Thursday, December 28, 2017

Angular Update Guide:

Earlier today when I wanted to retest my vadacl library against the latest version of Angular (5.1.2), I skimmed through the Angular blog post regarding the 5.0 release, and at the bottom of the post was a mention of a new upgrade tool:  the Angular Update Guide.

The guide is a Firebase-backed Angular web application styled with Angular Material.  You enter the Angular version you're currently running, the version you want to upgrade to, answer some general questions and press the button.  What you get is a set of brief (at least in my case) instructions for how to perform the upgrade, and what kind of changes you may need to make to your code before and after the update.

I'm glad the Angular team made this tool.  Updating the semver version of the Angular packages in the package.json file is usually simple:  it's knowing what the versions of other dependencies like rxjs or TypeScript need to be in order to make it work that's trickier.  And this takes care of that.

Inadvertent Example of the Benefit of vadacl's Class-Based Validation Rules

While I was verifying that my vadacl validation library wasn't adversely affected ("broken") by any changes in the latest version of Angular (5.1.2), I discovered that one of my validations wasn't working correctly.

In two of the forms in the vadacl demo I have up on GitHub, there is a "Gender" form field where the user is only allowed to enter "M" or "F".  As I was testing the validation on that field, I was surprised to see that while the "F" validation was being enforced, the "M" validation was allowing any word that started with the letter "M".

The validation rule was defined within the UserProfile object class in the demo:  one of the main features of vadacl is that you can define your validations in a class, like so...
validations: { [ index: string ] : PropertyValidations } = {
    firstName: {
      maxLength: { maxLength: 25 },
      required: {}
    lastName: {
      maxLength: { maxLength: 25, message: 'Your last name cannot be longer than 25 characters.'},
      required: { message: 'Your last name is required.' }
    username: {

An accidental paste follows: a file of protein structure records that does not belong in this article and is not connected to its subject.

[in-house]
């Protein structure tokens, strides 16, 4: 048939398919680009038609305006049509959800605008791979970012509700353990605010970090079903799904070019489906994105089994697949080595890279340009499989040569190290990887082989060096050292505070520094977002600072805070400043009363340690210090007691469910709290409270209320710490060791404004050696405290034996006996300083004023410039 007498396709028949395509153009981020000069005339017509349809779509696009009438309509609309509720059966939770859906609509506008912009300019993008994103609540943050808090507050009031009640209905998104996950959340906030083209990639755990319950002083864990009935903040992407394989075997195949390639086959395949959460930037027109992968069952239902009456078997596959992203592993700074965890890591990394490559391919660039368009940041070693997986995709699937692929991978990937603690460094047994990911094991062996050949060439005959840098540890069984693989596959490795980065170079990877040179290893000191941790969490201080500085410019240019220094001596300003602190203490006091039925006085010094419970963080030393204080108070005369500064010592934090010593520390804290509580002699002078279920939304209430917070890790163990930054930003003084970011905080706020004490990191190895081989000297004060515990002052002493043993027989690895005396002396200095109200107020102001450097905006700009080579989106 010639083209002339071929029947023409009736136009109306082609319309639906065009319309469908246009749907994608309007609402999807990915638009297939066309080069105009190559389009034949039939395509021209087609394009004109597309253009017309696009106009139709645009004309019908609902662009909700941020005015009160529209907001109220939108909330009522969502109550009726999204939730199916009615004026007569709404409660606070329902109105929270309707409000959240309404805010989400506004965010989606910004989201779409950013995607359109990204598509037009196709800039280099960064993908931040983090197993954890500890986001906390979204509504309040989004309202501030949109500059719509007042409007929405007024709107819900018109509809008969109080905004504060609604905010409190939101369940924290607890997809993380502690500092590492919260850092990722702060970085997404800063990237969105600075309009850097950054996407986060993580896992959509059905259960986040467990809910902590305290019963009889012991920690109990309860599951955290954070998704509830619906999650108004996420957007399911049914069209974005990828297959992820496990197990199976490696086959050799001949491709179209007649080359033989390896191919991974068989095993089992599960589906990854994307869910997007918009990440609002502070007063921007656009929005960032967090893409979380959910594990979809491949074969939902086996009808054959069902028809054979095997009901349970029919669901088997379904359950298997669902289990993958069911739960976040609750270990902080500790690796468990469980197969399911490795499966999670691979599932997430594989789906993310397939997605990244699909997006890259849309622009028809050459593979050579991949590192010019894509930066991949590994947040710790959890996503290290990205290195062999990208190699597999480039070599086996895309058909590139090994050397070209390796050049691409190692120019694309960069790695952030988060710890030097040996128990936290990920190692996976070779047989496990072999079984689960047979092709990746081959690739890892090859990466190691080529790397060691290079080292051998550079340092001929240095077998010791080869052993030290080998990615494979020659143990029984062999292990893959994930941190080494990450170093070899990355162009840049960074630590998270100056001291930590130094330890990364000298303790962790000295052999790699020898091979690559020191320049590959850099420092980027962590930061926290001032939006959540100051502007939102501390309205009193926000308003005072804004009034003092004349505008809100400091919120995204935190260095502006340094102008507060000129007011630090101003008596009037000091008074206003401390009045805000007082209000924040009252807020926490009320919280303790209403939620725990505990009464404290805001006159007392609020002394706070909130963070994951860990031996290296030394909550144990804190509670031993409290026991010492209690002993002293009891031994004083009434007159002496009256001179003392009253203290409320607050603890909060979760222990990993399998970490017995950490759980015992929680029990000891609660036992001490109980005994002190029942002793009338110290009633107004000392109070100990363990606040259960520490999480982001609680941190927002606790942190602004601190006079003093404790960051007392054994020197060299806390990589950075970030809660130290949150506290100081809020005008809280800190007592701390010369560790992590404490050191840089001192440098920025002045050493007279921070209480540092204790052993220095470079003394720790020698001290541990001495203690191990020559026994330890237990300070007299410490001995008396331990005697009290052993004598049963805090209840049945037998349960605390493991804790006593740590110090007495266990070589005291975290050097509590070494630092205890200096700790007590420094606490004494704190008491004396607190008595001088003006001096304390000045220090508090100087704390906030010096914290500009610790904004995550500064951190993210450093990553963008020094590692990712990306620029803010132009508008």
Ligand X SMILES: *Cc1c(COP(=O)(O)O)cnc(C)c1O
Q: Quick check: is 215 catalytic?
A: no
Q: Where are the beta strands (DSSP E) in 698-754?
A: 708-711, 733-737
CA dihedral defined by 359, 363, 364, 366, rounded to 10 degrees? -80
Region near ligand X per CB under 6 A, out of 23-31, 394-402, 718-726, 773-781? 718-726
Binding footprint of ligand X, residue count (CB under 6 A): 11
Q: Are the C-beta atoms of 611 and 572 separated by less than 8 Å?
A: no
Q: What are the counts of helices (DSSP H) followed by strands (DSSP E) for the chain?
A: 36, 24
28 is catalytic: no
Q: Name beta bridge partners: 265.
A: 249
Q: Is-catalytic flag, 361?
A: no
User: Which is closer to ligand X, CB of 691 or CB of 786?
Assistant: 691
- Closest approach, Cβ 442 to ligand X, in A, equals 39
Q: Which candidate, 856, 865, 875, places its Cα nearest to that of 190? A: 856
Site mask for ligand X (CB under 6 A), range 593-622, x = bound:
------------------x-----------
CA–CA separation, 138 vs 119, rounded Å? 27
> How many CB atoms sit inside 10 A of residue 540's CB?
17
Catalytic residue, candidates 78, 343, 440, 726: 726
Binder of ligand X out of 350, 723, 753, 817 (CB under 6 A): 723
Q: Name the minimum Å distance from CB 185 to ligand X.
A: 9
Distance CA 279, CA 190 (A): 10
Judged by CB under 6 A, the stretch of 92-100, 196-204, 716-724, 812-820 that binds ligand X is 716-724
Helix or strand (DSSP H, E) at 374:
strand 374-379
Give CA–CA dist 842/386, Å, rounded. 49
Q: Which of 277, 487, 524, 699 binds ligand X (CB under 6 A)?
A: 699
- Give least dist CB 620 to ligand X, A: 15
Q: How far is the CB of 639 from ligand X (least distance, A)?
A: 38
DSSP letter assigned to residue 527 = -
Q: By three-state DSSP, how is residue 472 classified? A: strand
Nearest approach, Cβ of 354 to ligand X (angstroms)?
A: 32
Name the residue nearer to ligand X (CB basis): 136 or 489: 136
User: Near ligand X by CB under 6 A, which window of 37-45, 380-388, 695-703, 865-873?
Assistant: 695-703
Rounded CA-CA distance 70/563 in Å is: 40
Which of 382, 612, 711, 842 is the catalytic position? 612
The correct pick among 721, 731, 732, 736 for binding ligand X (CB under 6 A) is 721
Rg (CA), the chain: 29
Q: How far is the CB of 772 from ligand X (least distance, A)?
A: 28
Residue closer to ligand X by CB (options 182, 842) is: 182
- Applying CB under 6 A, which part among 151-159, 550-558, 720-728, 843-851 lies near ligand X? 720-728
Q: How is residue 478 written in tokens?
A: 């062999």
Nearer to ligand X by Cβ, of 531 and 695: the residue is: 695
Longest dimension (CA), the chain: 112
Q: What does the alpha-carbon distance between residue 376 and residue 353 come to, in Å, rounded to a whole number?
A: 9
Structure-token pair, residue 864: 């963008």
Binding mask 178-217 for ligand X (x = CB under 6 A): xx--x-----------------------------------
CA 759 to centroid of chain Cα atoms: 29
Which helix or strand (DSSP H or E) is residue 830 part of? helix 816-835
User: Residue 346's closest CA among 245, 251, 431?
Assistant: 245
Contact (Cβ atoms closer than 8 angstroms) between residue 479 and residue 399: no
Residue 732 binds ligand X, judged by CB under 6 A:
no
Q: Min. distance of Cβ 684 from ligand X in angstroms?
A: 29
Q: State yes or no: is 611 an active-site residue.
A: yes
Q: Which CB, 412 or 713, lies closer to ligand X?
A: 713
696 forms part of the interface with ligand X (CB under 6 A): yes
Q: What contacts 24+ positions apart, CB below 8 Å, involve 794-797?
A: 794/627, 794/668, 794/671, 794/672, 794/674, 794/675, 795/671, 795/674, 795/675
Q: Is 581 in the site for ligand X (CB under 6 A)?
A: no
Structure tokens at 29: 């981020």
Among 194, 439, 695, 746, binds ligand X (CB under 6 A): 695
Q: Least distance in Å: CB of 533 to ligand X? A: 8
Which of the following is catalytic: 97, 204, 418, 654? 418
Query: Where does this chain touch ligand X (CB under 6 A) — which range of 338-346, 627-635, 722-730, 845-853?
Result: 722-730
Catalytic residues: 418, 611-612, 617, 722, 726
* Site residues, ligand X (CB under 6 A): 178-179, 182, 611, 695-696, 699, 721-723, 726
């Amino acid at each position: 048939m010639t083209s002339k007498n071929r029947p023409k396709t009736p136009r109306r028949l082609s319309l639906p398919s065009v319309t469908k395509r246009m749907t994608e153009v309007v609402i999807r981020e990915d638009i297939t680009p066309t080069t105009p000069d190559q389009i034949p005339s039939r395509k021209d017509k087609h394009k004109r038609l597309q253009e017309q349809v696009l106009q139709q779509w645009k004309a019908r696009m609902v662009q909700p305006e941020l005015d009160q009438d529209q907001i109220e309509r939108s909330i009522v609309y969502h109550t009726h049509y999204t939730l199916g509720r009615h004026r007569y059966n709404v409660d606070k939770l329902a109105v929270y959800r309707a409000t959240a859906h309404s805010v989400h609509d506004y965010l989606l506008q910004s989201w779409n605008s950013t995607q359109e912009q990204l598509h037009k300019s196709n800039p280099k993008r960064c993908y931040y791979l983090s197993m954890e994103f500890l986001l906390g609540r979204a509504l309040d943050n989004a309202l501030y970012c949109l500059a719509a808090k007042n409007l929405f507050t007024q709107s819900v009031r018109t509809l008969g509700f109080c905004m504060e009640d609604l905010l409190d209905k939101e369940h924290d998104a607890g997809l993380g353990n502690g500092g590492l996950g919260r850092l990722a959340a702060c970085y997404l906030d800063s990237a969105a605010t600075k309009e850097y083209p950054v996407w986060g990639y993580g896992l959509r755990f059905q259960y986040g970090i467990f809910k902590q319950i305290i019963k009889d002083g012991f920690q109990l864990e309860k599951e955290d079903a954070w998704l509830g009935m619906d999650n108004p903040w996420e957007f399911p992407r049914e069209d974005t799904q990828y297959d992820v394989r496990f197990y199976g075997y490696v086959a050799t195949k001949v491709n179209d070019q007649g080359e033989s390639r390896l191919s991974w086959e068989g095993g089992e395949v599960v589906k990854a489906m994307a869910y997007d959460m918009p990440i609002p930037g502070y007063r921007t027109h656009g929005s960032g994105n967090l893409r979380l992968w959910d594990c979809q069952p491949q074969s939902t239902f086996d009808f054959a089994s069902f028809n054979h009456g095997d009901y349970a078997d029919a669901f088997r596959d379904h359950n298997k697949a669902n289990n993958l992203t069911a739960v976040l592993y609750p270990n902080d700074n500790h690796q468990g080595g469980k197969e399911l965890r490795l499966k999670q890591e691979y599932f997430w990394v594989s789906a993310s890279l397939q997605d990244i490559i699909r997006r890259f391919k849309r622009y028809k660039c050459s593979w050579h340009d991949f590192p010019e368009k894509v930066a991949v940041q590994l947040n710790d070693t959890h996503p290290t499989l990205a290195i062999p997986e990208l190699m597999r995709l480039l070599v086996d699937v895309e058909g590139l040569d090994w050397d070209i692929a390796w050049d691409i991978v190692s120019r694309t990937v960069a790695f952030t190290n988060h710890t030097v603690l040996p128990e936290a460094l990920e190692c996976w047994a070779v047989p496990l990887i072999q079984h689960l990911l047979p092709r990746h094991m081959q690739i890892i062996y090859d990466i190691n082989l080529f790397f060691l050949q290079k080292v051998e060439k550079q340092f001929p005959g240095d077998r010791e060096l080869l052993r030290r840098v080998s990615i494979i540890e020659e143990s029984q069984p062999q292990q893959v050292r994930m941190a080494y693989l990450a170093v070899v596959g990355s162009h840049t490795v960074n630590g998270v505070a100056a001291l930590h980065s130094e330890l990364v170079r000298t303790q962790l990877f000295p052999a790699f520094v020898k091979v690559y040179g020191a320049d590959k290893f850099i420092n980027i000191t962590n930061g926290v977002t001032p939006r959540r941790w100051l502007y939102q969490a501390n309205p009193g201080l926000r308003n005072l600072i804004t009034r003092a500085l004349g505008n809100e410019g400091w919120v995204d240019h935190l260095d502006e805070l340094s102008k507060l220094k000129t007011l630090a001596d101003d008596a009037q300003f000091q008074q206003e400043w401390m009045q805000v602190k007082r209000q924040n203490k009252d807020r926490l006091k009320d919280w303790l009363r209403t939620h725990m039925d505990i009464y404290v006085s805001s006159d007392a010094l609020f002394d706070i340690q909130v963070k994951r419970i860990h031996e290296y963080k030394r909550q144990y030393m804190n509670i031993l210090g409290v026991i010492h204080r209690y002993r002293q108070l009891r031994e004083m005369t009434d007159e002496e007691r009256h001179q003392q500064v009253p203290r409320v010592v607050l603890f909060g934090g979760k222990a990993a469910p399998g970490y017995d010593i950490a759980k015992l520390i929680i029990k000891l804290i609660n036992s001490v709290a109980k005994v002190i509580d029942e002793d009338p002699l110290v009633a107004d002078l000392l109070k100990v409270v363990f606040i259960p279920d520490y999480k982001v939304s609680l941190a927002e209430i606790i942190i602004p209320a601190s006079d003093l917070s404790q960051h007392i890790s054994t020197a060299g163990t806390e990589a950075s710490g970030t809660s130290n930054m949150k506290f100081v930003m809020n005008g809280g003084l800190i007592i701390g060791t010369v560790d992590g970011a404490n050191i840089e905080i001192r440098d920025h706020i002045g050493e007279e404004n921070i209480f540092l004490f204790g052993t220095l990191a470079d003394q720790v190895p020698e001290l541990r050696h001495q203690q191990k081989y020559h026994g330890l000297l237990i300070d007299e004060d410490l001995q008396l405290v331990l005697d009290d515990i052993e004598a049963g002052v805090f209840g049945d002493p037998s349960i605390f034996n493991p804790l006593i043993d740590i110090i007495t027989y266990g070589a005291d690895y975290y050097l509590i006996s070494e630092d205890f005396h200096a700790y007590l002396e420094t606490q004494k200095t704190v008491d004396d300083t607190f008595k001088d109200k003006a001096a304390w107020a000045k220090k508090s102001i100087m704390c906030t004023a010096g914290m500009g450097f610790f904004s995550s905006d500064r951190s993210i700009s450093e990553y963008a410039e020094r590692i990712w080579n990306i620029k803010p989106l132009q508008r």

maxLength: { maxLength: 30, message: 'Your username cannot be longer than 30 characters.'},
      required: { message: 'You must have a username.' }
    password: {
      minLength: { minLength: 6, message: 'Your password must be at least 6 characters long.' },
      required: { message: 'You must provide a password.' },
    age: {
      pattern: { pattern: '[0-9]*', message: 'Enter your age as an integer.' }
    gender: {
      pattern: { pattern: 'M|F', message: 'Enter your gender as "M" or "F".' }

...and then utilize them in your components. The rule invoked the Pattern Validator method using the following pattern:


I thought that the either/or pipe would limit the valid value to either "M" or "F", but apparently not, and by virtue of being in front of the pipe the male validation allowed for characters beyond the "M".  So I fixed the validation by changing the pattern to:


If this same issue had come up in a different application that used normal Angular reactive form validation, I would have had to correct the pattern in the form controls in both of the components, rather than just once.


Thursday, September 14, 2017

New Version of vadacl Released as an NPM Package

It's been a LONG time since my last blog post.  Work and life simply kept me from doing a lot of personal coding.  But I'm making an effort to get back into the swing of things, and I decided to start that effort by moving forward with my vadacl Angular validation library.

For anyone not familiar with what vadacl is about, here's the current synopsis:

vadacl is a library that extends and enhances reactive form validation in Angular 4.x. It provides:

  • A mechanism for declaring validation logic within domain classes / data objects that can be reused in multiple components.
  • The ability to configure the text of validation failure messages as part of the domain class validation logic or within a global validation message object.
  • Helper methods for triggering validation and displaying validation results.
  • Additional validation methods beyond those provided by Angular 4.x, and the ability to extend the vadacl validation methods with custom methods in your project.
  • The new version of vadacl (currently version 1.0.10) is available as an NPM package at:

    There is also a separate GitHub repo containing an Angular CLI-powered Angular 4.x app that demonstrates the use of vadacl in different scenarios:

    As part of the transition to an NPM package, vadacl was refactored to allow you to extend or override the validation methods and messages without touching the library files themselves, using files specific to your project.  That will let you update to future versions of vadacl via npm without losing any of your custom code.  The new version was written for Angular 4.x and includes vadacl versions of the newest methods in Angular's Validators class:  min, max, and email.

    The new demonstration application is an updated version of the one still hosted on the old vadacl GitHub repo, and contains not only examples of the new validation methods, but also provides documentation about how to go about extending vadacl and an example of how you can swap out the global messages file with a different one (designed for a different audience or different language) during your build/deployment process.